Lana complained about her lyrics being criticized for discussing things like, as she put it, “submissive or passive roles” in her relationships via her music, but then also pointed the finger at other female artists for talking about their experiences of femininity, whether their experiences be in sex work, relationships, or sexualization and being sexualized.
While I can respect the argument that everyone’s experience of femininity is valid and of course different, she was making herself out as somehow morally superior than artists like Doja Cat, Nicki Minaj, Cardi B, Kehlani, Ariana Grange, Camila Cabello and even Beyoncé. Lana said she doesn’t write songs about “being sexy, wearing no clothes, fucking, cheating, etc.” She writes about old, bad men, cocaine, grooming, domestic abuse and being an outsider rich girl, which obviously gives her the high-ground. Right?
Many chalked up the post to “Lana just being Lana” or more generally, someone just not being very good at getting to the damn point. This post is when I began to really question if being a fan of her was for me or not. I do think that she portrays a specific experience of femininity in her lyrics that a lot of people can relate to. On the other hand, it does sometimes feel a little like “he hit me, and it felt like a kiss,” and despite having felt that way with men at times, I don’t know if it is something I personally want to relive.
When you dive deeper though, there are other instances of Lana being — to put it charitably — questionable. In late 2020, Lana was seen wearing a mesh face mask to a signing in L.A. for her new poetry book, Violet Bent Backwards Over the Grass. On so many levels, this is socially unacceptable, but it feels different, as well.
There is something about the mesh mask in the middle of a pandemic that feels willfully ignorant. She obviously knew better, but she wore the mesh mask anyway. Maybe she wore it as a publicity stunt, maybe to just make some kind of convoluted point about masks and freedom? Who knows! But either way, we as the audience and fans knew it was BS.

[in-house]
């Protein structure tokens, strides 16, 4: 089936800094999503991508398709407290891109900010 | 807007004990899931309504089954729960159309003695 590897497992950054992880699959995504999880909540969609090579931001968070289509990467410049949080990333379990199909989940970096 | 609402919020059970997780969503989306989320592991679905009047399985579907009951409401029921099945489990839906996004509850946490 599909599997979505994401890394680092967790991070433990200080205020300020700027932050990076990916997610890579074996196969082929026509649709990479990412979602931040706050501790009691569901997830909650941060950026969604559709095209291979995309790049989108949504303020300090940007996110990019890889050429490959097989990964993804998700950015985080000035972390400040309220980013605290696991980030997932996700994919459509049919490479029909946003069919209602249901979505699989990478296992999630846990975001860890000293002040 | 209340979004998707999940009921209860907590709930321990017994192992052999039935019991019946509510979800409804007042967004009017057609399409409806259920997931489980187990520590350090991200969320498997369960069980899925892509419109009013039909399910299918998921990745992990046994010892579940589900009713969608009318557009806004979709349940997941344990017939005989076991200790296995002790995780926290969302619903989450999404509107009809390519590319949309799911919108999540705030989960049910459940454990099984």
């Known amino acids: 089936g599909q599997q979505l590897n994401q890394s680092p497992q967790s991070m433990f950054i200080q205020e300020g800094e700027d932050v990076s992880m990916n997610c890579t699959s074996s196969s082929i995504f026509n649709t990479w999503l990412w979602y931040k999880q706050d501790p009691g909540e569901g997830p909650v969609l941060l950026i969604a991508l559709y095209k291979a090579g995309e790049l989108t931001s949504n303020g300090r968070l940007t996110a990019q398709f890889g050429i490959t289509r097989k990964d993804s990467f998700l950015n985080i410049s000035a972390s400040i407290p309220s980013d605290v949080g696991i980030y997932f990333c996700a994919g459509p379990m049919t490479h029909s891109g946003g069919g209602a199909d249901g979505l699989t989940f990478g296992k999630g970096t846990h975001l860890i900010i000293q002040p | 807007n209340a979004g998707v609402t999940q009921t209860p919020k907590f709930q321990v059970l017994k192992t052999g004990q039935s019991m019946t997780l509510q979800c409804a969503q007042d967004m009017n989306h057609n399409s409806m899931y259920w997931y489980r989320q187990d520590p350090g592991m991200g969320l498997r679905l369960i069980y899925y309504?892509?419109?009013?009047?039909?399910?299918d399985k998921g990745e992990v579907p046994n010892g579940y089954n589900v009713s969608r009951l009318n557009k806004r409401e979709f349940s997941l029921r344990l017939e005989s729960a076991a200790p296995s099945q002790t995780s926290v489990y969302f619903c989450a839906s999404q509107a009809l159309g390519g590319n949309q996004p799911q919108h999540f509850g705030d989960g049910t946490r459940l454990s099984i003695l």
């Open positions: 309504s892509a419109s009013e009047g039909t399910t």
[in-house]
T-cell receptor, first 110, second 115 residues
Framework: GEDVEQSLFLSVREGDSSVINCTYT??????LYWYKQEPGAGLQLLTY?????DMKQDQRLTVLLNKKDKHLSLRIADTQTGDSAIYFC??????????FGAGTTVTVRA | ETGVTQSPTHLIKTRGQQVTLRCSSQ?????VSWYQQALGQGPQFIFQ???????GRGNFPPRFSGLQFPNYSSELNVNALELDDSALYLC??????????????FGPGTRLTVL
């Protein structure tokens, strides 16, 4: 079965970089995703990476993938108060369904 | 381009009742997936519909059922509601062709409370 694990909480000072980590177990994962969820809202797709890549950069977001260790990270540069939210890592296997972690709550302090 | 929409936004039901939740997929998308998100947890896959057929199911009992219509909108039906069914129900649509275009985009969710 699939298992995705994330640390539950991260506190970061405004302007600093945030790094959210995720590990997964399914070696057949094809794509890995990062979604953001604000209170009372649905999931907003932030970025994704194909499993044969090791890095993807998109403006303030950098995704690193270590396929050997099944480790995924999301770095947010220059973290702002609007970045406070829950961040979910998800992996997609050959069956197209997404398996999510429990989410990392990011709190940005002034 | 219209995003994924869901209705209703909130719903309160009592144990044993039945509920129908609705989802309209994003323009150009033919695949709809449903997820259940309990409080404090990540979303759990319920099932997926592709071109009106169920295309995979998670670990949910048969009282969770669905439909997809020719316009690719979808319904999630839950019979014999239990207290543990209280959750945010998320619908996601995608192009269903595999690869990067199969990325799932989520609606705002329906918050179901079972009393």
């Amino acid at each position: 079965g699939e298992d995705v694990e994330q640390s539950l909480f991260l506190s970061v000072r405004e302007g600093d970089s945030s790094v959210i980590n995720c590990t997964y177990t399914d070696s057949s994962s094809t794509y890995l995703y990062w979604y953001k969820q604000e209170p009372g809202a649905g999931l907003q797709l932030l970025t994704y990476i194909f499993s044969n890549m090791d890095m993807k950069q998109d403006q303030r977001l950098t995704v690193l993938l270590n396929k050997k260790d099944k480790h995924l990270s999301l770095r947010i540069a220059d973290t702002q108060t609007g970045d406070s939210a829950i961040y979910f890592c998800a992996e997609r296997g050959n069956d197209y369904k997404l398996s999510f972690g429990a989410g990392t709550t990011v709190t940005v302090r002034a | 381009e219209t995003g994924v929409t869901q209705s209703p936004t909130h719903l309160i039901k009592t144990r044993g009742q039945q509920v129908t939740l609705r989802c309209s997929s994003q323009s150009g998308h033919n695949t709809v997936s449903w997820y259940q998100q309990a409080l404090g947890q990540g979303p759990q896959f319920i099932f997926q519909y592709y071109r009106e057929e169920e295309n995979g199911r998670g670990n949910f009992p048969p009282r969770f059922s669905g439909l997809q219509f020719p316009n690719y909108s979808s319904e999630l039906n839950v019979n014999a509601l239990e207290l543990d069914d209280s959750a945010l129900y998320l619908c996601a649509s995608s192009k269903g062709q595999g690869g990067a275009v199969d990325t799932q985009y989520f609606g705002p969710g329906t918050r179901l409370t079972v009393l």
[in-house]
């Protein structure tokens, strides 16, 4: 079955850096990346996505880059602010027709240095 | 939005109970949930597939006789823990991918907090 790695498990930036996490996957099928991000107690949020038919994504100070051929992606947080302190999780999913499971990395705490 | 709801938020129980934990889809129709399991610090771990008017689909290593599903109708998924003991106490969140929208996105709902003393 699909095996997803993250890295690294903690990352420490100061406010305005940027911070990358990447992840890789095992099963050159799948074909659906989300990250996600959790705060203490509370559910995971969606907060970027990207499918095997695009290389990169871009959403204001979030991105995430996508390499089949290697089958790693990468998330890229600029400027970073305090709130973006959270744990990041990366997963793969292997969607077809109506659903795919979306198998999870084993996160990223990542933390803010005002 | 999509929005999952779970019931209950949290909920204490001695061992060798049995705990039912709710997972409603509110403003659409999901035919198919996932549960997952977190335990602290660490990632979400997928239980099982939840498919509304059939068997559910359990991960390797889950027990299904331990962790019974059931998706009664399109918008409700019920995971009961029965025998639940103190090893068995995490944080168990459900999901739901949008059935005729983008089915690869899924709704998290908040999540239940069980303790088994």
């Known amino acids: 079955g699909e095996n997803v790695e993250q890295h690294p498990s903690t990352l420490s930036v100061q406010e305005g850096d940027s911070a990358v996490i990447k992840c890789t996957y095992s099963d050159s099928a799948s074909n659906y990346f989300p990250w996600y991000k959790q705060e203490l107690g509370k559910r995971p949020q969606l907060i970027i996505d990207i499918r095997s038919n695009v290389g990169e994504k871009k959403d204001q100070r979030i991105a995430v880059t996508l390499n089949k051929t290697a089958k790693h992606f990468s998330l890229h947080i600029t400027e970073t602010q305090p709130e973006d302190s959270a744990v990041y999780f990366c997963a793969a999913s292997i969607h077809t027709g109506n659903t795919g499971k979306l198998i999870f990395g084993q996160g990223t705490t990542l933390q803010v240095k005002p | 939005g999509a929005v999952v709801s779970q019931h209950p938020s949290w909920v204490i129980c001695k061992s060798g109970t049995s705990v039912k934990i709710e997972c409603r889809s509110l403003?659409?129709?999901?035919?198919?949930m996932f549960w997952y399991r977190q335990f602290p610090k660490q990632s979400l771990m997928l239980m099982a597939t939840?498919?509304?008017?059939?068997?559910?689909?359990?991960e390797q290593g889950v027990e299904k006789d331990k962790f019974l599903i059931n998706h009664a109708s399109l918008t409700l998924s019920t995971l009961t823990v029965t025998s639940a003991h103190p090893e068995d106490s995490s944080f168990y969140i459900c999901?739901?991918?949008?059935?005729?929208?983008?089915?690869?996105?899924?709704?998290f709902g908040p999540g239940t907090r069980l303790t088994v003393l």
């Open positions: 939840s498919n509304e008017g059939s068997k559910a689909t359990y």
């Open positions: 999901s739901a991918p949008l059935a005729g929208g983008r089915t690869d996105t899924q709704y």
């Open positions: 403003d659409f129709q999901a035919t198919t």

Perhaps, when we were younger we couldn’t parse out her music’s glamour from the heavy topics her lyrics really suggested. But now, with some of her more egregious actions, it feels time to ask if we need to listen to her music or follow her Instagram with a more conscious frame of mind.
Personally, I don’t think I’ll ever give up on Lana. I would listen to her song Ride while I was learning to drive in the midwestern middle of nowhere where I grew up, fantasizing about driving off to some coastal town and becoming a mysterious writer, like a female J.D. Salinger, but hopefully less of a piece of shit. What can I say, ~I’m fucking crazy, but I am free~.
I can’t help but cringe and openly criticize her for saying dumb shit online or acting disrespectful in public. But she’s capable of change, just like we all are (especially once she breaks off her engagement with her cop-boyfriend.) Ultimately, it’s up to you to decide whether you can separate the art from the artist. But there will always be a time and a place for Lana’s music in my mind.
Ingrid O’Connor is an Online Writer at Rowdy Magazine. She loves poodles, Red Bull and late night talks with friends. Her big three are Pisces, Taurus & Libra and has paid for multiple professional astrological chart readings despite claiming she doesn’t believe in astrology.